A Different Kind of High School

I'm not the first to note that the structure of high schools is pretty much what it has been for the past hundred years.  Sure, we tweak class lengths, elective offerings and numbers of classes but not much else changes. Yet we've learned a good deal more about how students learn and what makes them successful, almost none of which we've applied to the way we do things.

Here are some of the things we know now that we didn't know 100 years ago:
  • Humans learn best when immersed in the subject they're studying.  Everyone knows we learn languages better that way. But deep, sustained attention is necessary for creativity, problem-solving, invention and other meaningful learning also. Psychologist Mihály Csíkszentmihályi calls this experience Flow.
  • Shorter school days with more study and homework responsibility yield the best results internationally, according to international test comparisons.
  • Behavior problems are multiplied when students are grouped by age and minimized when ages are mixed in a learning environment.
  • Expecting all students to complete high school in exactly four years frustrates both those who need less time and those who need more.
There's nothing harder in a school system than truly implementing radical changes. Nearly everyone will have their feet on the brakes as you try to inch forward. There are hundreds of reasons why nothing should change, just ask your opponents.

But if you want to create a different kind of high school, one where learning and what we now know about the brain take precedent, here's what I'd do.
1.  Mix up the schedule.  Have some times during the year when students study just one or
two things intensively, other times when survey courses and variety are the order of the day.  Consider a January Term or another structure that allows for intensive mastery of a topic of interest.  Perhaps violin or archaeology or creative writing or scientific method.  Do it for hours on end with as few interruptions as possible. In each case, focus on creation of a product or performance as the "final exam".  Here's an example of what that might look like.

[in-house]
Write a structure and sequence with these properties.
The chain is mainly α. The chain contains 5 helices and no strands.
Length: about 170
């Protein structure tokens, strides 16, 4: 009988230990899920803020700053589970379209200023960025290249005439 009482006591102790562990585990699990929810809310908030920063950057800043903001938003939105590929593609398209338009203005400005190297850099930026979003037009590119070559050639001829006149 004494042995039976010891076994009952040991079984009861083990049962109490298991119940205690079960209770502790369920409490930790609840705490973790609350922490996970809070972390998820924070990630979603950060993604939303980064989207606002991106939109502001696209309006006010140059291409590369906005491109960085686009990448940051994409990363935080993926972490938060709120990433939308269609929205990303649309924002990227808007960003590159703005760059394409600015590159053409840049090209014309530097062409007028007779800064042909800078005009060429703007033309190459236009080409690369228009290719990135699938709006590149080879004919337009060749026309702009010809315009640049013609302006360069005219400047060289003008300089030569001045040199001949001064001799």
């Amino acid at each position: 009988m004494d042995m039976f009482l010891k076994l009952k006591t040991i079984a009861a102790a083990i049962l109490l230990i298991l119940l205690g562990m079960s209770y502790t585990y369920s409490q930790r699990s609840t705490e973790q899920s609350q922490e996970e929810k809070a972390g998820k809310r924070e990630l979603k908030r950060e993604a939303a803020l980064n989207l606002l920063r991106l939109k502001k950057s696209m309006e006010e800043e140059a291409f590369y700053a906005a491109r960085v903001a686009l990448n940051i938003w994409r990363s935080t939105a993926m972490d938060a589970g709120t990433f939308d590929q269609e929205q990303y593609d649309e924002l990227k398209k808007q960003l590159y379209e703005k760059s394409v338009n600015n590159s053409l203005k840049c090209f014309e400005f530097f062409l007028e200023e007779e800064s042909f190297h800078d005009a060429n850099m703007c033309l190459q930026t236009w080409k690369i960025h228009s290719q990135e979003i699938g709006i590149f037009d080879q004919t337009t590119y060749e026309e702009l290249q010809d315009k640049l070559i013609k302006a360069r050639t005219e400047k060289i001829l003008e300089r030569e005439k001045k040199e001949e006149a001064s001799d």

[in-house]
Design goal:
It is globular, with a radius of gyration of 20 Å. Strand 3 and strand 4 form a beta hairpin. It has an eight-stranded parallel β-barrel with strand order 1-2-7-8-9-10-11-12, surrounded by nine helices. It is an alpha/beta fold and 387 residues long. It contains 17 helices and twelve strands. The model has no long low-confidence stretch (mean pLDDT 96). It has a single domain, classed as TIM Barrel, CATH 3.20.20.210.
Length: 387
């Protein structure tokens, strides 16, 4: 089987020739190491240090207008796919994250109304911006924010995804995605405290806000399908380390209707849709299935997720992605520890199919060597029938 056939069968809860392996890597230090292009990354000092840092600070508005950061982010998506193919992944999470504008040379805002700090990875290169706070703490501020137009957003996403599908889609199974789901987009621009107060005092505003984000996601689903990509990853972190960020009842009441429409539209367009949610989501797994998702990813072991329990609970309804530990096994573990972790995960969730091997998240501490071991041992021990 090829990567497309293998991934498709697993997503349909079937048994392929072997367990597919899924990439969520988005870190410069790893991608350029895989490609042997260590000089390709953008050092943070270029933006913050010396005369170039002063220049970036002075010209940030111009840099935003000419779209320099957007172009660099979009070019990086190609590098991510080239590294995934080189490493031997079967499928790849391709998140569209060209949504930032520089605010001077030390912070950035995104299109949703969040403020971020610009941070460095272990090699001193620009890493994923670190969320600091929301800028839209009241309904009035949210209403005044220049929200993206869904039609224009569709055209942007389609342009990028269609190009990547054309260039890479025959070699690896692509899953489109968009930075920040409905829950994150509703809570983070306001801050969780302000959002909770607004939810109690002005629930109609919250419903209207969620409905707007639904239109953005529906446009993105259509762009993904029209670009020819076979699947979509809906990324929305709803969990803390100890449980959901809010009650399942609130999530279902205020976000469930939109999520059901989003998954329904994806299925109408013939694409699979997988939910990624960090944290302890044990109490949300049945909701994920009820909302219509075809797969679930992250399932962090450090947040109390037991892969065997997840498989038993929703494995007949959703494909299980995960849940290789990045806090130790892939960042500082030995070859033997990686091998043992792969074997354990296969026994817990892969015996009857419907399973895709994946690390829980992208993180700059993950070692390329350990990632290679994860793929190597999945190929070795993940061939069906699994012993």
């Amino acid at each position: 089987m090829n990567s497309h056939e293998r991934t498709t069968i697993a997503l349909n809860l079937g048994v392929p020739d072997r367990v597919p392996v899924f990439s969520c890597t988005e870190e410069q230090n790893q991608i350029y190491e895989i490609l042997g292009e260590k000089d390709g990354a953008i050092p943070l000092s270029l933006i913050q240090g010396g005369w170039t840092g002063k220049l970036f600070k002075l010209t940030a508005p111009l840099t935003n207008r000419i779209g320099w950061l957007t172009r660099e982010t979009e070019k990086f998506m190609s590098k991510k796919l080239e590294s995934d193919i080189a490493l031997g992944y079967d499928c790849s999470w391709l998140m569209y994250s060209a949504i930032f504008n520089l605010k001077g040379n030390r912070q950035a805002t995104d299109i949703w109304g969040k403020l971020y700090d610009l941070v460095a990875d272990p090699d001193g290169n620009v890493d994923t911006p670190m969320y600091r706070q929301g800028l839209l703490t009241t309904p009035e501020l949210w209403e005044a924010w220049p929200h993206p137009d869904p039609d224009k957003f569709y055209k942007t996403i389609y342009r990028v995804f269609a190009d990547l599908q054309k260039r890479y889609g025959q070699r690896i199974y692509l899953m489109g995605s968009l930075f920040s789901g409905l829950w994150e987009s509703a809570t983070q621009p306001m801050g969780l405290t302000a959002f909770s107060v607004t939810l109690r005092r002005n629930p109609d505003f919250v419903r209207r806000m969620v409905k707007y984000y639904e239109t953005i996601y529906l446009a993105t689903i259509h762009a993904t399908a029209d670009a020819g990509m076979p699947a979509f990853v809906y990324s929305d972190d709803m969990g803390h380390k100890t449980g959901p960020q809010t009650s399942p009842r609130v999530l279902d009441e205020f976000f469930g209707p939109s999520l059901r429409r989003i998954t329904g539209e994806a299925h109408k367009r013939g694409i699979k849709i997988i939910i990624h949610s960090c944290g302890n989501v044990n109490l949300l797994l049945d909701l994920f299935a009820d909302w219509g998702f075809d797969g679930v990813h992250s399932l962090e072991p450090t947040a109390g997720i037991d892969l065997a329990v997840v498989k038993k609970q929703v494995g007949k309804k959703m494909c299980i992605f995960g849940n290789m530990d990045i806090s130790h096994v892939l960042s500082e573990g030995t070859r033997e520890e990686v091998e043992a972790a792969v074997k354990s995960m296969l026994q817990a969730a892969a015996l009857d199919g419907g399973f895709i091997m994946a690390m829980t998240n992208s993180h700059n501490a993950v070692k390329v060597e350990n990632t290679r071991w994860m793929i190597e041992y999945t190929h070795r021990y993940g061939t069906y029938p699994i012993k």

2.   Instead of the typical seven-hour school day, broken up into six or seven classes, shorten the school day to four or five hours with increased study and homework expectations.  Offer support on campus after hours or allow students to go home. Educate parents on how to support student homework time. Discourage after school jobs that compete with homework.  Increase the number of school days in June and August, reducing the overlong summer break.
 3.   To the extent practical, open classes to all grade levels. There are reasons why no one wants to teach freshman classes but behaviors improve markedly when older students are present.  Take it even one step further.  Open your campus to adult learners and invite them to take any classes not yet at capacity. Make the campus welcoming to them and they'll be your best models of serious scholarship. Computer classes, history classes, welding, art and physics are all fascinating to adults. While they currently would not, lobby the state to provide up to 1/3 compensation for adult learners regularly attending.  Stop worrying that somehow we protect teens by grouping them all together and banishing adults. The reality is the opposite.
4.  Create opportunities for students to demonstrate mastery and move onto college sooner, perhaps after two years of solid study.  Also remove the stigma from "fifth year seniors" and those who need more time to acquire the skills expected of a high school graduate.  Lighten up and be flexible. We are unique in the world in expecting everyone to take the same amount of time to complete high school and move on.  Other nations continue educating their young people well into their twenties if they need that long. Here's how that might look.
We need a catalyst.  100 people could read these suggestions and agree (and another 100 disagree) but just one school needs to take the risk and create the model. Who will it be?